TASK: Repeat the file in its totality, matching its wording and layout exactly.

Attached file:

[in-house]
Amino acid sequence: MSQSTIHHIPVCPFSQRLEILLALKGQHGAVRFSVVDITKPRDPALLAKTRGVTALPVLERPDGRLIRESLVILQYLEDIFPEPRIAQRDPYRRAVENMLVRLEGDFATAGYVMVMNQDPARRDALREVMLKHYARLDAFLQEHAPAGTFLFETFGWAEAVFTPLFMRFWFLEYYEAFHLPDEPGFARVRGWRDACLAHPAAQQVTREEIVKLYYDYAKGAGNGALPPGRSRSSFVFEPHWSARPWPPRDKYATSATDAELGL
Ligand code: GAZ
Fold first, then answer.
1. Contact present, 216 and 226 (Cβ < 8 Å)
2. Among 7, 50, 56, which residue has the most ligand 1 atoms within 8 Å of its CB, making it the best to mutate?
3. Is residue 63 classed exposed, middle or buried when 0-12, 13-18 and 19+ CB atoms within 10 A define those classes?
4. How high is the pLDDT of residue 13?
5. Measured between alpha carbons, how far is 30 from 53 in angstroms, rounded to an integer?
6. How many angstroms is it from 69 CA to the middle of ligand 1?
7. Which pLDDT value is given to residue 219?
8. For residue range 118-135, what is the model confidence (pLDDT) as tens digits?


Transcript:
[in-house]
Amino acid sequence: MSQSTIHHIPVCPFSQRLEILLALKGQHGAVRFSVVDITKPRDPALLAKTRGVTALPVLERPDGRLIRESLVILQYLEDIFPEPRIAQRDPYRRAVENMLVRLEGDFATAGYVMVMNQDPARRDALREVMLKHYARLDAFLQEHAPAGTFLFETFGWAEAVFTPLFMRFWFLEYYEAFHLPDEPGFARVRGWRDACLAHPAAQQVTREEIVKLYYDYAKGAGNGALPPGRSRSSFVFEPHWSARPWPPRDKYATSATDAELGL
Ligand code: GAZ
Fold first, then answer.
1. Contact present, 216 and 226 (Cβ < 8 Å)
2. Among 7, 50, 56, which residue has the most ligand 1 atoms within 8 Å of its CB, making it the best to mutate?
3. Is residue 63 classed exposed, middle or buried when 0-12, 13-18 and 19+ CB atoms within 10 A define those classes?
4. How high is the pLDDT of residue 13?
5. Measured between alpha carbons, how far is 30 from 53 in angstroms, rounded to an integer?
6. How many angstroms is it from 69 CA to the middle of ligand 1?
7. Which pLDDT value is given to residue 219?
8. For residue range 118-135, what is the model confidence (pLDDT) as tens digits?